October 03, 2007
Does The Military Matter?
The apparent drop in civilian deaths in Iraq is very good news. And not because it means our Iraq strategy is working. Indeed, the forces behind this have little to nothing to do with American forces. The so-called Anbar Awakening is a Sunni operation, while the unilateral ceasefire of the Mahdi Army was Sadr's decision. The pacification of Baghdad, meanwhile, has a lot to do with the fact that Baghdad's effectively been ethnically cleaned, converting from a majority Sunni city to a 70% Shiite city -- they're running out of people to kill. Our troops aren't terribly involved in this change, and that's a good thing: Any changes brought about by American forces will be temporary. Changes that reflect shifts in the underlying dynamics of the country may endure.
I was talking to an Iraq expert yesterday and asked him whether it was correct to say that the military questions -- how many troops we have deployed, what their strategy is, etc -- are increasingly beside the point. He said yes, and then continued on to say that he forgets how different the conversation in the country is from the conversation among Iraq experts. Among those folks, he said, it was taken for granted that the military issues were largely a distraction, and the only questions worth asking were political and regional in nature. Some think the military's doing harm, others think it's offering a bit of benefit, but no one thinks the troops are making much of a difference one way or the other, or that their strategy has anything to do with the long-term success of Iraq. And the focus on what the military is doing, rather than on a diplomatic surge and Iran's involvement and all the rest, is actually quite harmful.
Strange how the decrease in the number of dead Iraqi civilians is now held up by hawks as proof that the war is "working," when the U.S. government doesn't even bother to track the number of Iraqis killed as a result of the war.
Posted by: david mizner | Oct 3, 2007 10:31:14 AM
Success has many fathers; failure is an orphan.
Posted by: stm177 | Oct 3, 2007 11:06:09 AM
I was talking to an Iraq expert yesterday...
Posted by: El Viajero | Oct 3, 2007 11:52:30 AM
I've been watching Ken Burn's The War on PBS, it seems like each episode has one or more actions where a mission was undertaken that led to huge losses of American soldiers lives but didn't have any strategic or tactical value - even from the beginning. The most vivid was some deep forest bordering on Bavaria that cost like 35,000 US lives, but was a pure vanity play by a clueless Major General with no war experience. Another episode described the taking of some island in the mid-pacific to gain the airport. At the time the US landing started the goal was no longer pertinent, but the invasion went ahead and like 50,000 men lost their lives.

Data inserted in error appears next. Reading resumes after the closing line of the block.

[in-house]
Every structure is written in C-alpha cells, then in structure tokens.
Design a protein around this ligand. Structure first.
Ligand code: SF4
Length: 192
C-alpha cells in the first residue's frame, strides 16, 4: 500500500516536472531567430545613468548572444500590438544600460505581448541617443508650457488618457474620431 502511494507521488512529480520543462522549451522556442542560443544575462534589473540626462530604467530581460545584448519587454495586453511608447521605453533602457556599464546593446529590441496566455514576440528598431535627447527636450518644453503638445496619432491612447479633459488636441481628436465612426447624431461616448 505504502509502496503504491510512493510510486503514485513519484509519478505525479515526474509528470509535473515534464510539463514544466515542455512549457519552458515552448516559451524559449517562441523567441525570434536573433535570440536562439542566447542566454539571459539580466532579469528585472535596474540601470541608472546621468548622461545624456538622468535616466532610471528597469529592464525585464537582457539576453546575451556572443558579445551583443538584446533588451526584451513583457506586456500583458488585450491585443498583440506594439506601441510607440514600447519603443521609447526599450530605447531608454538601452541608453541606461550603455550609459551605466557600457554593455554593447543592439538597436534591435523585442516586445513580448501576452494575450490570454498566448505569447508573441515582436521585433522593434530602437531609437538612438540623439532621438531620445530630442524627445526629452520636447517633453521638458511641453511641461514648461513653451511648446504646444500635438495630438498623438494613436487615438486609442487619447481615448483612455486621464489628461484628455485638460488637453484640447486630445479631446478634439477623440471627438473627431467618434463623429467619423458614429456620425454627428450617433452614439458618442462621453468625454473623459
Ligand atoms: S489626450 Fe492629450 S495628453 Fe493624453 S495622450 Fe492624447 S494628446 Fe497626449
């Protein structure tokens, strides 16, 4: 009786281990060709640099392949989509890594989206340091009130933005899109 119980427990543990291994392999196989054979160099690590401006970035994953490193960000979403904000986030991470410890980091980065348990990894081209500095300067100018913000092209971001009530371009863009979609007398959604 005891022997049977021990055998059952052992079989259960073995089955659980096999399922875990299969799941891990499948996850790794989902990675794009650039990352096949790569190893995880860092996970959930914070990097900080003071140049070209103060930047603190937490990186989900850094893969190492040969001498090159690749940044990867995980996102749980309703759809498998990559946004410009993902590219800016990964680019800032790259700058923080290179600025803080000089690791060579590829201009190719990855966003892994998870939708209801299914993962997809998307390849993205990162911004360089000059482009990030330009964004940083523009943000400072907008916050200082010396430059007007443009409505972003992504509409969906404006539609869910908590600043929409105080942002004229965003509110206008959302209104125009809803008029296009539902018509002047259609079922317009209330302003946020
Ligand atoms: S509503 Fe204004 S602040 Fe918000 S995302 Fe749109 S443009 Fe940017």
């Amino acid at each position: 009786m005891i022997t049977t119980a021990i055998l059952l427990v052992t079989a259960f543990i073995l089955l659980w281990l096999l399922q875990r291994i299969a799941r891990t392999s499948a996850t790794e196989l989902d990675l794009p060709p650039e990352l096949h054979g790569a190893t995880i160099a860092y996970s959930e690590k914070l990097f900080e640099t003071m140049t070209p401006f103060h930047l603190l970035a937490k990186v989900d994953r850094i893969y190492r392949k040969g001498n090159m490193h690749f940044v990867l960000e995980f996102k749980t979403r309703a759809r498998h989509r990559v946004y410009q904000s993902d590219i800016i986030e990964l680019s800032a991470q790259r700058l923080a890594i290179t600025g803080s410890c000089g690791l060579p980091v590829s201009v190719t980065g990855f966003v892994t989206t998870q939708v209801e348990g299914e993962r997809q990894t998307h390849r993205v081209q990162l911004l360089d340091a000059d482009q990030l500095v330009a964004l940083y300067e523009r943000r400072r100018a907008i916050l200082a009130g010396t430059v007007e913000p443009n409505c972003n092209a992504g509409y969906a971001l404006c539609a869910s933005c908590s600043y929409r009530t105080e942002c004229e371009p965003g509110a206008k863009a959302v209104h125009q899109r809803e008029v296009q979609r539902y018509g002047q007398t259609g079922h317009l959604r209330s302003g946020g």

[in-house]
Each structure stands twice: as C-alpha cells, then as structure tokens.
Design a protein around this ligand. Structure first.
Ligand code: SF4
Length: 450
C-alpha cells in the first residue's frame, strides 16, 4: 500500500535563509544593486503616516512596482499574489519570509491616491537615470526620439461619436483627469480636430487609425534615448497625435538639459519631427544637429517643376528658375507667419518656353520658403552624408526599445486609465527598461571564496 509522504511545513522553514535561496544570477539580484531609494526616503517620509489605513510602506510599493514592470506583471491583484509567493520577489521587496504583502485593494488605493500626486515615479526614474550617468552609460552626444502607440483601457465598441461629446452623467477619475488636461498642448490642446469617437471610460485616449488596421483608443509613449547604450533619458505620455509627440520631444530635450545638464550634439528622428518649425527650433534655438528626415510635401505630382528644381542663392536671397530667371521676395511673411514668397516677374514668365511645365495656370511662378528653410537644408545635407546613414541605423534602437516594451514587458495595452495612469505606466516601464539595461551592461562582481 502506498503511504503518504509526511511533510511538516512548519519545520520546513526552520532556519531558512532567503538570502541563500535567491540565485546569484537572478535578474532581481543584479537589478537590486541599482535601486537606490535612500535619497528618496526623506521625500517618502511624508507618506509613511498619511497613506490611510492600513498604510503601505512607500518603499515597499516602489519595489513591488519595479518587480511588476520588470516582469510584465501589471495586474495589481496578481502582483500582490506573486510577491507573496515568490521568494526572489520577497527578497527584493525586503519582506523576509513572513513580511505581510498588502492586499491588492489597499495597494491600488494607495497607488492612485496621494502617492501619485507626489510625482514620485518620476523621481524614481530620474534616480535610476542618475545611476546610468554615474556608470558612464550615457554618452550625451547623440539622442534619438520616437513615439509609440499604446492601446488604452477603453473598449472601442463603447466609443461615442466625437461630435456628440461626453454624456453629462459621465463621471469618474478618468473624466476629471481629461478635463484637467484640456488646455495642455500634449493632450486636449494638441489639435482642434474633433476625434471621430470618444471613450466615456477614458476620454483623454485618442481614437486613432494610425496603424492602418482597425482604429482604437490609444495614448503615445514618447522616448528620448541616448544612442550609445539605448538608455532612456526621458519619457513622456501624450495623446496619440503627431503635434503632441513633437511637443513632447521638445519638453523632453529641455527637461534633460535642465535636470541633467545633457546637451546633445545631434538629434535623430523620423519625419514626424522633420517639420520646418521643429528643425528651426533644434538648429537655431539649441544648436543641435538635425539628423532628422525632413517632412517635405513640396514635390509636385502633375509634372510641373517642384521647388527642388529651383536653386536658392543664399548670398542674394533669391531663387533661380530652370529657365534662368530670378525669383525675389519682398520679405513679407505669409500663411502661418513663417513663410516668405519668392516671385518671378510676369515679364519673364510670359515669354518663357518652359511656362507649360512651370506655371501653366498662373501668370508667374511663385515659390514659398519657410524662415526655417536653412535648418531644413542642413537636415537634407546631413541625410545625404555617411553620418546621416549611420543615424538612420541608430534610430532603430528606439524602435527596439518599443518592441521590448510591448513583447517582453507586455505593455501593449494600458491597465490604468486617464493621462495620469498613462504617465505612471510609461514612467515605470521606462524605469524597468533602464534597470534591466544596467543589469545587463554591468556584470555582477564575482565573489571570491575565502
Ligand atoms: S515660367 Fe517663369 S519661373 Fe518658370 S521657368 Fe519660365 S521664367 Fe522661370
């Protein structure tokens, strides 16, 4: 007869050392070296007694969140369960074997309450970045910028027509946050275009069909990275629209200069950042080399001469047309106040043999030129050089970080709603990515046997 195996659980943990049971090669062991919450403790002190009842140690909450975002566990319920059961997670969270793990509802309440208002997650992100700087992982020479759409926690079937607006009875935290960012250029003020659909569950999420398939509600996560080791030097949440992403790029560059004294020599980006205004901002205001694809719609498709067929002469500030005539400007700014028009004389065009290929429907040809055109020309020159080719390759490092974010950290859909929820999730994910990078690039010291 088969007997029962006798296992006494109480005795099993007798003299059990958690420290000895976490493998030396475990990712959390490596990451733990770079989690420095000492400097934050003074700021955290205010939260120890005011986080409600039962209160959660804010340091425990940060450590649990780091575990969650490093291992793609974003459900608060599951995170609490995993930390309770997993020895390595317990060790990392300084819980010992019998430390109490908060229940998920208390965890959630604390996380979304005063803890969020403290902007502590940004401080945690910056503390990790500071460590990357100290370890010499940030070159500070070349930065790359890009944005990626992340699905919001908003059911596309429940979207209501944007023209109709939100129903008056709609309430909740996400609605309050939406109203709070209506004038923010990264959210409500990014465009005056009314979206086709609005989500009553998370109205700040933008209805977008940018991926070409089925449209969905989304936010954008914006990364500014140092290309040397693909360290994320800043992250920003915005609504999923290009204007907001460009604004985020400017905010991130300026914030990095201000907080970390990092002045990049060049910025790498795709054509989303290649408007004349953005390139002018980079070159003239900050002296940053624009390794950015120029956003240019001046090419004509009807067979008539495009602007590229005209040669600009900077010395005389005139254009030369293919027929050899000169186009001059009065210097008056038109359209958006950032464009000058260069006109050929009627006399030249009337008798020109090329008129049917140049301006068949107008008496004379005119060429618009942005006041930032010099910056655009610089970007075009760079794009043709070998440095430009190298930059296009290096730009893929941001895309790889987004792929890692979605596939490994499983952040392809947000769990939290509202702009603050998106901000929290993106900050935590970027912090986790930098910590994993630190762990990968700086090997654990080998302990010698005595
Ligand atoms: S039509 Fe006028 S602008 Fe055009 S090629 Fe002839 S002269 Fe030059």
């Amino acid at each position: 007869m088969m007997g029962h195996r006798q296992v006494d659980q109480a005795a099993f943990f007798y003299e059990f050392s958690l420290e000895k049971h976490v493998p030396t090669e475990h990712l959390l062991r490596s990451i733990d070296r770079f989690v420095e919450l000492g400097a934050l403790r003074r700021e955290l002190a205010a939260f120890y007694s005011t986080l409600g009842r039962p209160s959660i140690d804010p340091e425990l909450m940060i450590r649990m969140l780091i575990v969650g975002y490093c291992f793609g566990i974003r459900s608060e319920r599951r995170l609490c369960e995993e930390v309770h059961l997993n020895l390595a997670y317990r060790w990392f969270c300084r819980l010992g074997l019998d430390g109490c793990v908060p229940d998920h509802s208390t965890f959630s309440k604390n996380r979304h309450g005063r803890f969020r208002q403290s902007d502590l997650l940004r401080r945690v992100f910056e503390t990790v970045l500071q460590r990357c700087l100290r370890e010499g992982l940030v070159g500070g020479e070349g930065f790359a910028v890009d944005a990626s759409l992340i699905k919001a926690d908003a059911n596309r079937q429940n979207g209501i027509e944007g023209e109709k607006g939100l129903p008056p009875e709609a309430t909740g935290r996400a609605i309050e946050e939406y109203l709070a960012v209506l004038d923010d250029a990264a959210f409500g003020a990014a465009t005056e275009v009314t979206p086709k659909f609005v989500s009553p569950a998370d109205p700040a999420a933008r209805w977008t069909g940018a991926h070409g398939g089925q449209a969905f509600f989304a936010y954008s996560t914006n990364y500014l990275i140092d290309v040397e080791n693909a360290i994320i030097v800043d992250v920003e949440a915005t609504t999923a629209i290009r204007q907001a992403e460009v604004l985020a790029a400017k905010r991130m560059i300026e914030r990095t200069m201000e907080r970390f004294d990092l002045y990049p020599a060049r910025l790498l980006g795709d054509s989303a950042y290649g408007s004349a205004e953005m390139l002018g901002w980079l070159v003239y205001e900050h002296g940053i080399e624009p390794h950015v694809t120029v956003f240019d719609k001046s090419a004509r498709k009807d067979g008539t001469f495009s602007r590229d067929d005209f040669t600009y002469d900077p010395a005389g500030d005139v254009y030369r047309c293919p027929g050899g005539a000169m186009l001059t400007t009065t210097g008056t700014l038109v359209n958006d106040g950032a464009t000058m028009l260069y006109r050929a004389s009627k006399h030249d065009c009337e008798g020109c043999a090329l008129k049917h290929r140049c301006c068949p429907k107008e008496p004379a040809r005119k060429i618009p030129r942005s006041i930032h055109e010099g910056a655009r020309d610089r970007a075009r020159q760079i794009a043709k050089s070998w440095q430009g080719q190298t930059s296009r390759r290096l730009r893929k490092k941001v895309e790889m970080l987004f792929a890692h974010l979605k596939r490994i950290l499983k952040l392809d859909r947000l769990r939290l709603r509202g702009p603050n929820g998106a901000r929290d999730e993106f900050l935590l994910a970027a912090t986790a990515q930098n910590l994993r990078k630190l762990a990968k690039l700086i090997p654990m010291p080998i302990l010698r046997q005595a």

These incidents, taken in the context of a global war on many continents were tragic but not crucial. The US forces in Iraq are now engaged, however, in exactly like these same military-goalless fubars, except we are doing long-lasting harm to our 'entire' Army and Marine Corp, to our reputation as a fair democratic nation, and to our moral standing everywhere.
Posted by: JimPortlandOR | Oct 3, 2007 12:25:58 PM
I tried to make a similar point on Reihan's guest blogging. Things in Iraq are so bad that it's not clear you can get to an acceptable level of violence via the military. Obviously, the military is trying various psy-ops tactics to treat Al-Sadr with respect, but it's not clear if/how they can go further.
If you could get Baghdad and surrounding areas down to 650 deaths a month (that's actual deaths, not reported deaths), you'd be at something like twice the murder rate of Detroit or Philly or Baltimore a few years ago or NYC in the 1980s. That'd probably be low enough that I'd call it "success". Reported deaths last month were 487 a month.
Posted by: Nicholas Beaudrot | Oct 3, 2007 1:45:45 PM
I am left wondering why this sounds bad to you...
Posted by: jmack | Oct 4, 2007 6:36:50 AM
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